Now that the safety issue has been addressed, I can discuss the benefits as well as the downside of silicone  versus saline implants as they relate to to patient outcome  and  satisfaction.

Regarding the outcome, there is no debating the point that all things considered, silicone filled implants will provide a superior outcome compared to saline.  This is not to say that saline implants do not  do a very nice job  in enhancing the size and contour of  a woman’s breast  ( click here to view saline implant breast augmentation before/after), but saline implants fall short of silicone implants in subtle, but tangible  aspects.  First and foremost, silicone implants   provide  a more realistic and pleasing  feel  compared to saline and  silicone gel filled implants do not wrinkle as much as saline filled implants. (Click here to view silicone implant breast augmentation before/after)

Being able to feel (or more precisely, not being  able to feel)   the  implant post operatively is one of the major advantages of silicone filled breast implant over a saline filled breast implant.  Saline filled breast implants feel like a water balloon (exact words from many of my patients who have had revisional surgery to replace their saline filled breast implants with silicone filled breast implants).  Silicone gel just feels more like breast tissue. This is especially true with patients who have enough native breast tissue to cover the entire breast implant.  Post operatively a breast should feel and move  like a breast. This is much more readily achieved with a silicone filled breast implant than with a saline filled breast implant.

Silicone implants tend not to wrinkle as much as saline implants post operatively. Silicone gel is what is known as a cohesive fill material…the gel “sticks to itself” so to speak. In other words, when the implant is held in a position against gravity, all the gel will not run to the bottom of the implant as is the case for saline.   This  can be a significant difference between the two types of implants  for  patients who have  very little  native breast tissue  .  Generally if you can’t  “pinch an inch” of breast tissue then a silicone implant may be a better option.  Ideally there should be enough breast tissue to sufficiently cover the implant in its entirety. Patients  do not want to see the wrinkled edge of the implant six months post operatively when  she leans forward or along the sides of the breast, which is often the case with saline implants. This is not to say that silicone implants never demonstrate  visible wrinkling, but the incidence of this occurring is reduced with silicone implants.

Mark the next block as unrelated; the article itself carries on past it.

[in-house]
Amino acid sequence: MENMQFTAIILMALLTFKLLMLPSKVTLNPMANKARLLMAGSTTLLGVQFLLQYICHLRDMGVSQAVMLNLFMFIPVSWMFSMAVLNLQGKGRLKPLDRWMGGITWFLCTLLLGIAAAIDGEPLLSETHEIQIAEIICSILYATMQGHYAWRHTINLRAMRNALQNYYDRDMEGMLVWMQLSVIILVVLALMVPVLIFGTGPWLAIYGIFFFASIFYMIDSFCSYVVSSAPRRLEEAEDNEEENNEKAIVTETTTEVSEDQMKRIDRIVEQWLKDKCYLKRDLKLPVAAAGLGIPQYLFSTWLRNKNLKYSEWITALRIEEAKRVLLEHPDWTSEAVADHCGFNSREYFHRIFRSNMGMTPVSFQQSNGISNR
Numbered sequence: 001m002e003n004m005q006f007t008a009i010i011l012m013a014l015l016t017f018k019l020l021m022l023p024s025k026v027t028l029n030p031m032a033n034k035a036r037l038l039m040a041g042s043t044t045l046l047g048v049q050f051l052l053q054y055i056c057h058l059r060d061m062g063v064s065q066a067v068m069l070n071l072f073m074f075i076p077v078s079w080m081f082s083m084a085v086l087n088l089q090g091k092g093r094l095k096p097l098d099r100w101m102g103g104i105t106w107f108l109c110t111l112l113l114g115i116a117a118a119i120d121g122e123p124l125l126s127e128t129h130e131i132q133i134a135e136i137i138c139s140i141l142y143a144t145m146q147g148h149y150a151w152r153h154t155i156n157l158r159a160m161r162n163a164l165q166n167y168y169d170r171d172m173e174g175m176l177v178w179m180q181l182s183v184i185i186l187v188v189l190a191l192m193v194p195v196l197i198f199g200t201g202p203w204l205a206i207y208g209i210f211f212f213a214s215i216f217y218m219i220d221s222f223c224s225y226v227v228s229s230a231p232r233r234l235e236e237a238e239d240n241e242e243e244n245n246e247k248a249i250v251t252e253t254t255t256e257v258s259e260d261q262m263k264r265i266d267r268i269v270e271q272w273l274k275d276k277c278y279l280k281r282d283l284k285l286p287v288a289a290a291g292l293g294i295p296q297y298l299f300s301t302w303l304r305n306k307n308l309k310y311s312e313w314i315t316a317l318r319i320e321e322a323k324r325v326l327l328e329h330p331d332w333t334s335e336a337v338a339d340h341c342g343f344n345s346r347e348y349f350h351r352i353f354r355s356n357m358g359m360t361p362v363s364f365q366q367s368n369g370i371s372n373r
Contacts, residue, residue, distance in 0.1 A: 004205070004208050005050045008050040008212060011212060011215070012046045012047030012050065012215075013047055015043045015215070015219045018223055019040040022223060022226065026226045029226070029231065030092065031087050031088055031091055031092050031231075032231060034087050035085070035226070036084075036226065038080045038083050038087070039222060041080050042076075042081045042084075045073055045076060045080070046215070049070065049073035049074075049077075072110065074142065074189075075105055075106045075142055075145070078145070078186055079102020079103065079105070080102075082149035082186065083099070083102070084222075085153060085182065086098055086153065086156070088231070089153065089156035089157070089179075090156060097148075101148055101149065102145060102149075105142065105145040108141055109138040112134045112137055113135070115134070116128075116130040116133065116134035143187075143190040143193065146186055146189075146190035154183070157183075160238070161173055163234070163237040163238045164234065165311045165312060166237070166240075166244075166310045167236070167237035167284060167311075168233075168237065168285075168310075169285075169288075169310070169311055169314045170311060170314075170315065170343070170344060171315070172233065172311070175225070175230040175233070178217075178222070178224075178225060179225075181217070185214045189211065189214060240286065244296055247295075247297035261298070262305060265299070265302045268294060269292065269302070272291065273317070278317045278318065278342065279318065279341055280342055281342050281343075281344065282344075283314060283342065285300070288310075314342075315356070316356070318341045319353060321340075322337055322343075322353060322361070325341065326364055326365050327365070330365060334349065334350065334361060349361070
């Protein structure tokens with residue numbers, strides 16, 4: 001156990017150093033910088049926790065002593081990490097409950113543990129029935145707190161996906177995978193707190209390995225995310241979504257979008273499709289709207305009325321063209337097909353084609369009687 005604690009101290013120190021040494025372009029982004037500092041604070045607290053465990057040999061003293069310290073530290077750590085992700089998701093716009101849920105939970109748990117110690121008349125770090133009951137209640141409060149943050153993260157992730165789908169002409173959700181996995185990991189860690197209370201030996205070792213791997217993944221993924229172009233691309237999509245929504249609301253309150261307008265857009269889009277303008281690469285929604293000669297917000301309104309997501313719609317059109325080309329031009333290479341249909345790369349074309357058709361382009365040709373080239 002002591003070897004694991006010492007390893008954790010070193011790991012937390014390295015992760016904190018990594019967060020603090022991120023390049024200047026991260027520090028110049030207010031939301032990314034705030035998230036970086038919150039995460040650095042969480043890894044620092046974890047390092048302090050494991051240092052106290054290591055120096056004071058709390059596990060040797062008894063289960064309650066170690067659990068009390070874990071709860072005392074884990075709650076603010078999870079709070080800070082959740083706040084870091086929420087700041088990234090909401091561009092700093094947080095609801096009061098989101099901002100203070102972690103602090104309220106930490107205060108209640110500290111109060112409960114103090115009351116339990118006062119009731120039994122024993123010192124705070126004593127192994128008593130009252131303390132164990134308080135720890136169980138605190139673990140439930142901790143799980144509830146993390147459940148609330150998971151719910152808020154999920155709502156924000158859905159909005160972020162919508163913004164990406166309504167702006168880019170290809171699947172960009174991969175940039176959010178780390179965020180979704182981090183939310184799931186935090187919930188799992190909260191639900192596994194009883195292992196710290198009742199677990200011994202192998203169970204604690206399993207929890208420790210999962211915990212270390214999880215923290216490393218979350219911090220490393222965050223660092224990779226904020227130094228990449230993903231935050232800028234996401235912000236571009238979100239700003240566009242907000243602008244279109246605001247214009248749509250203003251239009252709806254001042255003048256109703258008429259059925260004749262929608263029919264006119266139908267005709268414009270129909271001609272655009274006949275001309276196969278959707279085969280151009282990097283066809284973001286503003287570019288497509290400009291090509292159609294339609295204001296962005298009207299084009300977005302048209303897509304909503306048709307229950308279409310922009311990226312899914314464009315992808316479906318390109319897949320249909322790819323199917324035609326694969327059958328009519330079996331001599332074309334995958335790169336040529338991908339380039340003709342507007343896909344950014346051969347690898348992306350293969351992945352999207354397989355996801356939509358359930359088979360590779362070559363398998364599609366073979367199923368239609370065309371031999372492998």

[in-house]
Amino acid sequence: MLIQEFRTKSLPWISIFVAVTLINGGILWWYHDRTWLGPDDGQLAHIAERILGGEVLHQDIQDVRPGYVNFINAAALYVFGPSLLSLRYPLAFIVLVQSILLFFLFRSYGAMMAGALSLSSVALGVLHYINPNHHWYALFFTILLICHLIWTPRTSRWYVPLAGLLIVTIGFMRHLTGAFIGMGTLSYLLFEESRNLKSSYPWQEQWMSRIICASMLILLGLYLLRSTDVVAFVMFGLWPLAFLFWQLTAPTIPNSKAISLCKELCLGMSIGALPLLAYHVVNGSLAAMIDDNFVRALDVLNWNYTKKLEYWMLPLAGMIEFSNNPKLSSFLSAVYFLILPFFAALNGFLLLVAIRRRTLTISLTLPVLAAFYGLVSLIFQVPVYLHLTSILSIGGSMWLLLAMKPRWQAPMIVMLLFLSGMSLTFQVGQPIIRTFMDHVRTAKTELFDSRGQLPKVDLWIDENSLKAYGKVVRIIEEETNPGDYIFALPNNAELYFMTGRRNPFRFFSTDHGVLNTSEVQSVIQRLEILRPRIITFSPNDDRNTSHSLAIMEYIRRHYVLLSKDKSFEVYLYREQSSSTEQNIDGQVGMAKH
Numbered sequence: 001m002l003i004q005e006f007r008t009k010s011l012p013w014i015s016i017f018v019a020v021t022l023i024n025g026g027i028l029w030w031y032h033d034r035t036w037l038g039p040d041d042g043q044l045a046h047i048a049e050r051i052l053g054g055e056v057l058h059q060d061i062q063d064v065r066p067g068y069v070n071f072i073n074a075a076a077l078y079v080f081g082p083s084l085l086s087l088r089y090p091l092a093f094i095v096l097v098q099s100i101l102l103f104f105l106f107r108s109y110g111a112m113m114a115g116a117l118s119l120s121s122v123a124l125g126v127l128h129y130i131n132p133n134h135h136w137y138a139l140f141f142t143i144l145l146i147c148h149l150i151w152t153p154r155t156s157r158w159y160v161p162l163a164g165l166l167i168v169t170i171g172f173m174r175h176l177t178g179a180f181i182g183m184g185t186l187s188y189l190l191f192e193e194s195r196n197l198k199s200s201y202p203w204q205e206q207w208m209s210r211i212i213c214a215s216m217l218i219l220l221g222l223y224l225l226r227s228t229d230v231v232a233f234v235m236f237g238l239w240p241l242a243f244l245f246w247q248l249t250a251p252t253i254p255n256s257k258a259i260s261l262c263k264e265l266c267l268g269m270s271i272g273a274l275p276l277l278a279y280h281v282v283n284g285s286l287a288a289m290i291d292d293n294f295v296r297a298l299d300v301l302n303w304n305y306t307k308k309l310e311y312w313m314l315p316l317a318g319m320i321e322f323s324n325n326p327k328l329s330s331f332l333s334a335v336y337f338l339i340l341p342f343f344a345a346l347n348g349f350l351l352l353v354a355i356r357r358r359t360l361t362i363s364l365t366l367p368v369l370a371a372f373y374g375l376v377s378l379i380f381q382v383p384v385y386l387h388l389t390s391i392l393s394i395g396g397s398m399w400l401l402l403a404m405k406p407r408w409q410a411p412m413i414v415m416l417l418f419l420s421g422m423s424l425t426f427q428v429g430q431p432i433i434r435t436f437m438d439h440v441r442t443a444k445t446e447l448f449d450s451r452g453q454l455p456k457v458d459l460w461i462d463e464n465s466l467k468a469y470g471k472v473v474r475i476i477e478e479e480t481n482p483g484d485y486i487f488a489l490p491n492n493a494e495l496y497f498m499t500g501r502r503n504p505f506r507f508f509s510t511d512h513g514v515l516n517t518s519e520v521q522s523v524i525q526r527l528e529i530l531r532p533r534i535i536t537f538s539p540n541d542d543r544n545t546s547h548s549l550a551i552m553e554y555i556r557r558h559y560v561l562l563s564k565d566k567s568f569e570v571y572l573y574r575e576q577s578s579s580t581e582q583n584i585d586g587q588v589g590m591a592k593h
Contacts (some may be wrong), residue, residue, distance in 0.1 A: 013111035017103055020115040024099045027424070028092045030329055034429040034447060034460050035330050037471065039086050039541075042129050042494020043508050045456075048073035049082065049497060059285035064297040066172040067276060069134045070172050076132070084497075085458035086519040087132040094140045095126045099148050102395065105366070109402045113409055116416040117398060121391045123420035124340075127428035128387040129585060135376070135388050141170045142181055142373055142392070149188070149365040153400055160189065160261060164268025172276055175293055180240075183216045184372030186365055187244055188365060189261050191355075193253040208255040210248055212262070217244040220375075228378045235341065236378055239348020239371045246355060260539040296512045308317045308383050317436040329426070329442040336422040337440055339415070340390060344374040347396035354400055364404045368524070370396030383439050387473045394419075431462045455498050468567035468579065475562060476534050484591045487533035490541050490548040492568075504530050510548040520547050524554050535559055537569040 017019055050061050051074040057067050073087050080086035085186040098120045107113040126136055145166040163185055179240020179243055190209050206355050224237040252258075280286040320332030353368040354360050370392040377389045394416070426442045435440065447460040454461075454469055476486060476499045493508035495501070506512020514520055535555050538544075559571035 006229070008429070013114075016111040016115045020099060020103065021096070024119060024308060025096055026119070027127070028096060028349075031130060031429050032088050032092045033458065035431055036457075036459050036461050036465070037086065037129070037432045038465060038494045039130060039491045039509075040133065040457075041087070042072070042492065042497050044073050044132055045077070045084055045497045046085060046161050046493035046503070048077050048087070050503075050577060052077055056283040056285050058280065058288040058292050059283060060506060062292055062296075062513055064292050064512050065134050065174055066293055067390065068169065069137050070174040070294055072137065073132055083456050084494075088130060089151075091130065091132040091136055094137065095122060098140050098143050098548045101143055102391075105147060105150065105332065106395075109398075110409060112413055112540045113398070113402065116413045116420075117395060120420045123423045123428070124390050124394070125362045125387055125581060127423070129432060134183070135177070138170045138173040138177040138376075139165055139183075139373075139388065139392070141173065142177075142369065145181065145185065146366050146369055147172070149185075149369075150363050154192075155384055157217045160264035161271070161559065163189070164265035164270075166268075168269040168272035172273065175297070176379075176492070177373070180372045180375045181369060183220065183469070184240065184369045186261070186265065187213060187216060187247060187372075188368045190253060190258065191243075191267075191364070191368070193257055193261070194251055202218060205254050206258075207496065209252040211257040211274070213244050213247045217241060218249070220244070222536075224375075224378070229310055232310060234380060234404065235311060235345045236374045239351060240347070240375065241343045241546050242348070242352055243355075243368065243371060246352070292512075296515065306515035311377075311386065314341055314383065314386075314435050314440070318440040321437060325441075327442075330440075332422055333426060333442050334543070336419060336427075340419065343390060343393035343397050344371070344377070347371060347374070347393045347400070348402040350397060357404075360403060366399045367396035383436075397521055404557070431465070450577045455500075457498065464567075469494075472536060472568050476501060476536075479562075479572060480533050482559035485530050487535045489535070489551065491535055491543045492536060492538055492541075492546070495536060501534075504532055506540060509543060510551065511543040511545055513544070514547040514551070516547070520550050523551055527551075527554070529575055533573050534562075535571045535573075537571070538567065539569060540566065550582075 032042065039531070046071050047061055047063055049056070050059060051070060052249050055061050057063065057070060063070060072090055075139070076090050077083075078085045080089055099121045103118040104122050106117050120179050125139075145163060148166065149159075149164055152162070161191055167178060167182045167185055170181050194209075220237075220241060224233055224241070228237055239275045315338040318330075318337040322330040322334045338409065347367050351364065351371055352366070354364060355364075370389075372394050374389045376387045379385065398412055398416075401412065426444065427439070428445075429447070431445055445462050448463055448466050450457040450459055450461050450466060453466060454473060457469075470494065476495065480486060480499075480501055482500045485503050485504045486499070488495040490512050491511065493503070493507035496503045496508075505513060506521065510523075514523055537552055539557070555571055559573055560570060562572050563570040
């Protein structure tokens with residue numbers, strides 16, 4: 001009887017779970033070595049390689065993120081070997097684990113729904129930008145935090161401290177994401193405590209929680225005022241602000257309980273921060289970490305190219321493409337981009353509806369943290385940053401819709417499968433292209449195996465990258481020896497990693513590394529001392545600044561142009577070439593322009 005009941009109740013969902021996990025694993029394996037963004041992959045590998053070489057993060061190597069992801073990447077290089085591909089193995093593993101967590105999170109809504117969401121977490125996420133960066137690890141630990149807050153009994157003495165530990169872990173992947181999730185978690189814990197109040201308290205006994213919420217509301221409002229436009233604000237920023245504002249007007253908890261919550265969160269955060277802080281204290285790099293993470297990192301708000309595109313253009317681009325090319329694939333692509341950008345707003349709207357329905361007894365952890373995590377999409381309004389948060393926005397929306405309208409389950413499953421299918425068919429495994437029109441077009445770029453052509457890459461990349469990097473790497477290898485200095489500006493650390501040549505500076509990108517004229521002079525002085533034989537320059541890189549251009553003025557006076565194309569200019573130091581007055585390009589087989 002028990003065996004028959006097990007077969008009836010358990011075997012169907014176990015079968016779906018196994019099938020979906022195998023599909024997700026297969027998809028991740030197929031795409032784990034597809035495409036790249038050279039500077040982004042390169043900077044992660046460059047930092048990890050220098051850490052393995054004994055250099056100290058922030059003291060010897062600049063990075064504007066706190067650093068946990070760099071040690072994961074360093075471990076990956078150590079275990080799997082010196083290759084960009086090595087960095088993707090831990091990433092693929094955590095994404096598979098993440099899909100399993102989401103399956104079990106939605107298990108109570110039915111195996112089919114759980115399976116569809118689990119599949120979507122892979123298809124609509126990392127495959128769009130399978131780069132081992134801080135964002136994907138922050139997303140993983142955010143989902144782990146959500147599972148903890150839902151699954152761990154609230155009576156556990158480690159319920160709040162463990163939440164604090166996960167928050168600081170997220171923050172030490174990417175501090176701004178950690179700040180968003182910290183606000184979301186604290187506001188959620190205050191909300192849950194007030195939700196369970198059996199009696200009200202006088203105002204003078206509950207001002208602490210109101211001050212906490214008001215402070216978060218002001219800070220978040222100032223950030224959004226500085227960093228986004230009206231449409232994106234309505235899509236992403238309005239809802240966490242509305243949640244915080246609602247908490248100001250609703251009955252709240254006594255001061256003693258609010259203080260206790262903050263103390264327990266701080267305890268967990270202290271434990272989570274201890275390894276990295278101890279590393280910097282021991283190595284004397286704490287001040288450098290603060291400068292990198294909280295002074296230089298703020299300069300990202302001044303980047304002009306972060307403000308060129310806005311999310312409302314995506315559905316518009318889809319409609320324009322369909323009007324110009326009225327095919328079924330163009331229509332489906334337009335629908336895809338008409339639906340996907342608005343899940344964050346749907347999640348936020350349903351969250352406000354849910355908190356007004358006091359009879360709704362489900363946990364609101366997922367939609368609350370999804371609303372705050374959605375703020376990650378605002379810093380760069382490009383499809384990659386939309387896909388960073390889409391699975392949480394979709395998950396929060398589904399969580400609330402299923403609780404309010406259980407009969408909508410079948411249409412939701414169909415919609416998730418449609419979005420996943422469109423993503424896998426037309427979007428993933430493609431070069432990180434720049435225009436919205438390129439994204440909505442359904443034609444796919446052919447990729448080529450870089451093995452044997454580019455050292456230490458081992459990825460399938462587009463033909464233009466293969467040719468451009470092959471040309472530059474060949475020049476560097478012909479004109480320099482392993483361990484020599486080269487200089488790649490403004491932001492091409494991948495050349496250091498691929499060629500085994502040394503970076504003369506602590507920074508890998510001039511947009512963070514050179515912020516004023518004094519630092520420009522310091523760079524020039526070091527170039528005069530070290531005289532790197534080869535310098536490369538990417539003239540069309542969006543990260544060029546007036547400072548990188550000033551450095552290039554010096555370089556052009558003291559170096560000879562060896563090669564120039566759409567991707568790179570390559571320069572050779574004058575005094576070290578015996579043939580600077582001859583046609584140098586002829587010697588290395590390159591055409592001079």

Because of  silicone implants  decreased tendency not to show wrinkling, silicone implants may  be be placed in the submammary position instead of underneath the muscle in some patients who demonstrate minimal native breast tissue. Saline implants require more breast tissue to be adequately  covered than do silicone implants. Implant position (or placement)  is a whole discussion in of itself which is discussed fully in another blog, but placing the implant on top of the muscle  may allow for  less post operative pain, swelling, and decreases the recovery period.